A few weeks ago, my wife was snagged on her way to church in River Falls by one of Pierce County, Wisconsin’s mobile tax assessors between Red Wing and Ellsworth. The fine for “speeding” (not quite keeping up with 70mph local traffic) on this unmarked section of US highway was $175.30 and three license points. As a regular passenger in vehicles driven by her, I can state unequivocally that I have never seen her pass anything but farm implements (and not the Harley implements) in 50 years. She is always content to be the slowest vehicle on any roadway, ALWAYS. Just before getting pulled over by Wisconsin’s armed tax assessor, she was passed by a pickup and three cars and one semi. Locals no more pay attention to the unmarked 55mph speed limit than they do to the declining state of their pitiful economy. Cops on that section know that the speed limit is unmarked from Red Wing to Ellsworth (except for a small sign hidden as close to the Mississippi bridge as possible) and they prowl the road and hide behind trees and signs looking for fresh out-of-state victims.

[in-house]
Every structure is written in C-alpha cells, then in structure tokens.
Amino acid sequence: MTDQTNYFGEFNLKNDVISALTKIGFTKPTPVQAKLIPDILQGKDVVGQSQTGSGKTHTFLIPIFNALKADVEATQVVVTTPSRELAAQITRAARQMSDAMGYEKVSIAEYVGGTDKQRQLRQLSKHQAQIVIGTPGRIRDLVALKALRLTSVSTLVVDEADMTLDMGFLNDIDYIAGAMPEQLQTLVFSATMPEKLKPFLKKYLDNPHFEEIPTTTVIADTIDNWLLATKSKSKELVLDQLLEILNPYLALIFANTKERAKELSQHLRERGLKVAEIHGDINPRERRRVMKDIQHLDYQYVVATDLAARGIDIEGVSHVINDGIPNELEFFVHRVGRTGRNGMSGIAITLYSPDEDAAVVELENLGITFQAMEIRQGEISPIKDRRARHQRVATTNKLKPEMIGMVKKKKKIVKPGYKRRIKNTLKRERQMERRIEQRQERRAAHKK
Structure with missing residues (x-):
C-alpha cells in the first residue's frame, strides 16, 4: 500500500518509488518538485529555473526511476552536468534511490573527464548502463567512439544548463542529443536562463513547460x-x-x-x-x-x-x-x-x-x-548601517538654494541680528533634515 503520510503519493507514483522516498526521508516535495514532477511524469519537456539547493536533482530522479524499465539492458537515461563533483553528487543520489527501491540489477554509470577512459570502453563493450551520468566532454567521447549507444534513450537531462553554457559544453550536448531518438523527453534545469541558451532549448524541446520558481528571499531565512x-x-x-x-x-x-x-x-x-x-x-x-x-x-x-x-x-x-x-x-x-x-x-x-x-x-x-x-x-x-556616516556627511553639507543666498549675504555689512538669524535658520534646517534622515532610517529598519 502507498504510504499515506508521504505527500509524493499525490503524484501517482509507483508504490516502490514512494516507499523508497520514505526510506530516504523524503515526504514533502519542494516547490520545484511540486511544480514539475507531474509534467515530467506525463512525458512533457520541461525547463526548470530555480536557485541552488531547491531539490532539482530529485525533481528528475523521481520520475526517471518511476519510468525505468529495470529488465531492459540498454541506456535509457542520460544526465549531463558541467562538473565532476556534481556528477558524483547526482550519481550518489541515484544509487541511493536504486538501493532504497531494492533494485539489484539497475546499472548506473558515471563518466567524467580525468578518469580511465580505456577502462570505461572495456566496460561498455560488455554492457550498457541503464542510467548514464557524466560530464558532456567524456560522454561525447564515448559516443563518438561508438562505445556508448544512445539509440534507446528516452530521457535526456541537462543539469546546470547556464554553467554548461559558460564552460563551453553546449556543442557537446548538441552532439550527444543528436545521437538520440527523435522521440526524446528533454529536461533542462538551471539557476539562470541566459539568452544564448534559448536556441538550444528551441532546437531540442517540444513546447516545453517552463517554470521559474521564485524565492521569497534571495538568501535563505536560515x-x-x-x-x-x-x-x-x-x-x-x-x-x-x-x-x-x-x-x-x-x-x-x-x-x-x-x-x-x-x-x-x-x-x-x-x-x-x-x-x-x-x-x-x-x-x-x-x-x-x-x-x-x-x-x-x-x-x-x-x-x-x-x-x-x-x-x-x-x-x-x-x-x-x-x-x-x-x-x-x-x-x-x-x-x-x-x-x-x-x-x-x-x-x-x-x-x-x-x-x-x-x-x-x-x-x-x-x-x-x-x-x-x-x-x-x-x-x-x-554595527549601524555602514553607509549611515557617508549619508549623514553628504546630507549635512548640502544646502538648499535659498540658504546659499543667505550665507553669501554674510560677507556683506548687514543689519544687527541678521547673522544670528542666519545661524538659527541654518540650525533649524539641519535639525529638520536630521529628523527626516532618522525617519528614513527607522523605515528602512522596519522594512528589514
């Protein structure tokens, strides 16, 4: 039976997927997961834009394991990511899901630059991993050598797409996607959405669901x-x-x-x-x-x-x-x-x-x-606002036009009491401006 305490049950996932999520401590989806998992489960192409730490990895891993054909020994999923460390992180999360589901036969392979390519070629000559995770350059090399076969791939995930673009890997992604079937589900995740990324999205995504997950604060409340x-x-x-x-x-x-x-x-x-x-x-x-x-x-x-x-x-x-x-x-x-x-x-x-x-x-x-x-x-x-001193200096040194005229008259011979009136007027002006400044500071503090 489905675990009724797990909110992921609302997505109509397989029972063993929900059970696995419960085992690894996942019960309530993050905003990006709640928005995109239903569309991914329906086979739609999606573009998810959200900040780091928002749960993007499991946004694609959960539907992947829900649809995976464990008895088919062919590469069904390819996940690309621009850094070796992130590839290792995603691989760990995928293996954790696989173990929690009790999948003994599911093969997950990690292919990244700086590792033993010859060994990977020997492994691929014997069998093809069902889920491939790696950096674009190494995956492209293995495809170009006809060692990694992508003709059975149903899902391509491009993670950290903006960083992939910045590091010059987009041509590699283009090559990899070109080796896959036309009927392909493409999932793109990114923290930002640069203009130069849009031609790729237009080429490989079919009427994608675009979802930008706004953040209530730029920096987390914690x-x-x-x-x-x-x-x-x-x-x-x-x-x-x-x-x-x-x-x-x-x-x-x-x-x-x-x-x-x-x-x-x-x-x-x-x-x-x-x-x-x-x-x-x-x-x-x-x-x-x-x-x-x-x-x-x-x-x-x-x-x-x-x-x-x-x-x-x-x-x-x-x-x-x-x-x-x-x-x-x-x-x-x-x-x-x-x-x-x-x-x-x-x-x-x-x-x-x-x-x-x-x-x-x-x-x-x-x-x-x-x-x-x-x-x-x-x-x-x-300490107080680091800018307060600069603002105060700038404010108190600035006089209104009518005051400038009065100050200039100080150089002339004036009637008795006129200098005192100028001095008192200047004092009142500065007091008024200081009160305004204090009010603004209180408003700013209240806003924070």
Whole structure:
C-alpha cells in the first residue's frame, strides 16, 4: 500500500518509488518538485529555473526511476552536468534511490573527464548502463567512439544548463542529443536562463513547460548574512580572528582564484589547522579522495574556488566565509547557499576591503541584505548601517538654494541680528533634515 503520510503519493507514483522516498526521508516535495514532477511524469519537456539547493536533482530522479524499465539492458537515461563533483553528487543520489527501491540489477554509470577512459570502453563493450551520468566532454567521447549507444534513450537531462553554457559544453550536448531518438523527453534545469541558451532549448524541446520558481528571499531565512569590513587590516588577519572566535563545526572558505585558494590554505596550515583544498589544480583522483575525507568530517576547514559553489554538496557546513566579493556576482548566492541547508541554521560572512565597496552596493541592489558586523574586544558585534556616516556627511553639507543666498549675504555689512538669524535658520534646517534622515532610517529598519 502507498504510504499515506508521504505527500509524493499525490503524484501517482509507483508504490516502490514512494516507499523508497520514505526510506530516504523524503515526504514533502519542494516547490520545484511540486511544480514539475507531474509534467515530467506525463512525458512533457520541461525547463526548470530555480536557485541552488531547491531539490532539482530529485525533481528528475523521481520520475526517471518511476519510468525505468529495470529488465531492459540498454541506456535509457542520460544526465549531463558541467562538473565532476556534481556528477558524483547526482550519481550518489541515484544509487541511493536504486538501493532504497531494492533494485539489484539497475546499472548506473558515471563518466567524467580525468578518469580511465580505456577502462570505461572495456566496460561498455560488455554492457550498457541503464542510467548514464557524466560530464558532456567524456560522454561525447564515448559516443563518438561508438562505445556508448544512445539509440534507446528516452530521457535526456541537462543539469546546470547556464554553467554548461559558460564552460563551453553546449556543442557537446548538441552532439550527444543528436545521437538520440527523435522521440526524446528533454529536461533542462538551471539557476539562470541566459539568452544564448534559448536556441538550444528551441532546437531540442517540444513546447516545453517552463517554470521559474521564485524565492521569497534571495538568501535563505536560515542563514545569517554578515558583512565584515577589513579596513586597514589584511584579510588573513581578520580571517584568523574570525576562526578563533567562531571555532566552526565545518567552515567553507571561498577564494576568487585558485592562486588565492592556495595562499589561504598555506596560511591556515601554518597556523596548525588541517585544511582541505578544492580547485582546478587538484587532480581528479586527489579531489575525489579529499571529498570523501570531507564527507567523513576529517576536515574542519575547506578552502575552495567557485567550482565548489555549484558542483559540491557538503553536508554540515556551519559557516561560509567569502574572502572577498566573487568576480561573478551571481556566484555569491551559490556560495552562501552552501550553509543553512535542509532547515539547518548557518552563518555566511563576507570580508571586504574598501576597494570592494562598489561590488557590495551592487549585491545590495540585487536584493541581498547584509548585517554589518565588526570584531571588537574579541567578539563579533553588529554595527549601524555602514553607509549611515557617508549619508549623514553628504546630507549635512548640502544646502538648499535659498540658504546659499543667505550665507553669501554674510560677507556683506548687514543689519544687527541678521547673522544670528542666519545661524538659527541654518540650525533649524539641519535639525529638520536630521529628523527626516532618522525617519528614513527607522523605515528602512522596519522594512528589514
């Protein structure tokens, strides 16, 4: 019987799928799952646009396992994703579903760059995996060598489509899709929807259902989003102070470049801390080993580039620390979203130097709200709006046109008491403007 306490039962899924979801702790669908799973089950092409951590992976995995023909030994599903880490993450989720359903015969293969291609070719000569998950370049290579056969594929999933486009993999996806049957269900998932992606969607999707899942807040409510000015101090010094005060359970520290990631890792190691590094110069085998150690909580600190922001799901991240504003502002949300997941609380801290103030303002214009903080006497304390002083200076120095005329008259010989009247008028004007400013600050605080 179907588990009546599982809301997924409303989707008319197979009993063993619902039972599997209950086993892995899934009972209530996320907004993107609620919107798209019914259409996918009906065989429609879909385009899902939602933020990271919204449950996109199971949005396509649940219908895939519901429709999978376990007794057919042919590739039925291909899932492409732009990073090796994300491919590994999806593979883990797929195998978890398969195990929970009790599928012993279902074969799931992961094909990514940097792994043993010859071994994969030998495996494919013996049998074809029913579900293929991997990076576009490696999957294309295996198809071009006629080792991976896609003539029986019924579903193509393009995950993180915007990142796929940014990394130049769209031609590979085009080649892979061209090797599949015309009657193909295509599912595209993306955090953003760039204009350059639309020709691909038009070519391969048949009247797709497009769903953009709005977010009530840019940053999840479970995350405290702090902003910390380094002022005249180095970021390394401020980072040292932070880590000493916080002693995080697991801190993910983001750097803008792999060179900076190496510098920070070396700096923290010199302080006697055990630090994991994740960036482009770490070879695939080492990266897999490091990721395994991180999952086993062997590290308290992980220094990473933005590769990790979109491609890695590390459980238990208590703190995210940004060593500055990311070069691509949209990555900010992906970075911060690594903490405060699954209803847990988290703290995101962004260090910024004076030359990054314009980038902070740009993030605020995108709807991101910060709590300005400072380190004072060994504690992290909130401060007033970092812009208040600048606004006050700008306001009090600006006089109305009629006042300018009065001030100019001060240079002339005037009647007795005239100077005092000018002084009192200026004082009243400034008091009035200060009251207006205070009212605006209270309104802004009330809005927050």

But this isn’t about that. At the whole opposite end of that “law enforcement” spectrum, I was about knocked off of my motorcycle traveling between Steamboat Springs, Colorado and Wolcott, via Colorado’s Highway 131. At the city limits of BOTH Toponos and Yampa, patrolmen were stationed a few feet in front of the 35mph city speed limit signs with lights flashing to warn drivers of the lower speed limit. With nothing to do but “protect and serve” the locals and travelers, they were both protecting the local residents by assuring traffic would responsibly travel through those citizens and serving travelers by drawing attention to the much lower (65mph to 35mph) speed limits.
Other than the incredibly rare actual traffic cop directing traffic at intersections, I have not once in my life seen police officers do a better job that at those two towns. I can only ask, “What the hell is going on there?”